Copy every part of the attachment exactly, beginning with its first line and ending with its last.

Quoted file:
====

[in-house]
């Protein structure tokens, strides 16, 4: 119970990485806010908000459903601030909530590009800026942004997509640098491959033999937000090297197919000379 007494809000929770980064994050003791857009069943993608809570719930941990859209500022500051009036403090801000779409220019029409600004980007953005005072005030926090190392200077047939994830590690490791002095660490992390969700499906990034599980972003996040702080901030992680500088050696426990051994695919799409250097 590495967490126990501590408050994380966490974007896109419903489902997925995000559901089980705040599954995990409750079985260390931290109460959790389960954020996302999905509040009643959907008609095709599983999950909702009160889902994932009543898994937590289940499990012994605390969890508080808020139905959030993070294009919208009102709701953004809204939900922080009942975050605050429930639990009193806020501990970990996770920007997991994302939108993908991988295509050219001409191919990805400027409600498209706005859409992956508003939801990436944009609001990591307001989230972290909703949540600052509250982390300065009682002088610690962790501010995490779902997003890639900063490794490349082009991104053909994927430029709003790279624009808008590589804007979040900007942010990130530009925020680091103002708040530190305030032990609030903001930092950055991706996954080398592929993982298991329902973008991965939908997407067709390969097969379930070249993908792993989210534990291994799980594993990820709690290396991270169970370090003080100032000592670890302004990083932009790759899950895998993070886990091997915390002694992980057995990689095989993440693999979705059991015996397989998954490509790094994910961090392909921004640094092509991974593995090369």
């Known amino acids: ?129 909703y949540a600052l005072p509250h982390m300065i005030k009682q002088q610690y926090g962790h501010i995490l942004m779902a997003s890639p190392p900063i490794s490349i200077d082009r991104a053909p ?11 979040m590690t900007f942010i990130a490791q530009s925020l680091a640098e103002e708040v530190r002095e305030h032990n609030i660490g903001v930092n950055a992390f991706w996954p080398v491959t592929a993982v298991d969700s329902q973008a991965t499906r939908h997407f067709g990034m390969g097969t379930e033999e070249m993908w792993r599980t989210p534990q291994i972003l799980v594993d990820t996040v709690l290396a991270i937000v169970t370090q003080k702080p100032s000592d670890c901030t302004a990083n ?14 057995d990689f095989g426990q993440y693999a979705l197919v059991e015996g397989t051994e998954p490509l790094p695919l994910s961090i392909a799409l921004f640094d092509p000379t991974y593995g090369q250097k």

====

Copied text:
[in-house]
């Protein structure tokens, strides 16, 4: 119970990485806010908000459903601030909530590009800026942004997509640098491959033999937000090297197919000379 007494809000929770980064994050003791857009069943993608809570719930941990859209500022500051009036403090801000779409220019029409600004980007953005005072005030926090190392200077047939994830590690490791002095660490992390969700499906990034599980972003996040702080901030992680500088050696426990051994695919799409250097 590495967490126990501590408050994380966490974007896109419903489902997925995000559901089980705040599954995990409750079985260390931290109460959790389960954020996302999905509040009643959907008609095709599983999950909702009160889902994932009543898994937590289940499990012994605390969890508080808020139905959030993070294009919208009102709701953004809204939900922080009942975050605050429930639990009193806020501990970990996770920007997991994302939108993908991988295509050219001409191919990805400027409600498209706005859409992956508003939801990436944009609001990591307001989230972290909703949540600052509250982390300065009682002088610690962790501010995490779902997003890639900063490794490349082009991104053909994927430029709003790279624009808008590589804007979040900007942010990130530009925020680091103002708040530190305030032990609030903001930092950055991706996954080398592929993982298991329902973008991965939908997407067709390969097969379930070249993908792993989210534990291994799980594993990820709690290396991270169970370090003080100032000592670890302004990083932009790759899950895998993070886990091997915390002694992980057995990689095989993440693999979705059991015996397989998954490509790094994910961090392909921004640094092509991974593995090369």
């Known amino acids: ?129 909703y949540a600052l005072p509250h982390m300065i005030k009682q002088q610690y926090g962790h501010i995490l942004m779902a997003s890639p190392p900063i490794s490349i200077d082009r991104a053909p ?11 979040m590690t900007f942010i990130a490791q530009s925020l680091a640098e103002e708040v530190r002095e305030h032990n609030i660490g903001v930092n950055a992390f991706w996954p080398v491959t592929a993982v298991d969700s329902q973008a991965t499906r939908h997407f067709g990034m390969g097969t379930e033999e070249m993908w792993r599980t989210p534990q291994i972003l799980v594993d990820t996040v709690l290396a991270i937000v169970t370090q003080k702080p100032s000592d670890c901030t302004a990083n ?14 057995d990689f095989g426990q993440y693999a979705l197919v059991e015996g397989t051994e998954p490509l790094p695919l994910s961090i392909a799409l921004f640094d092509p000379t991974y593995g090369q250097k």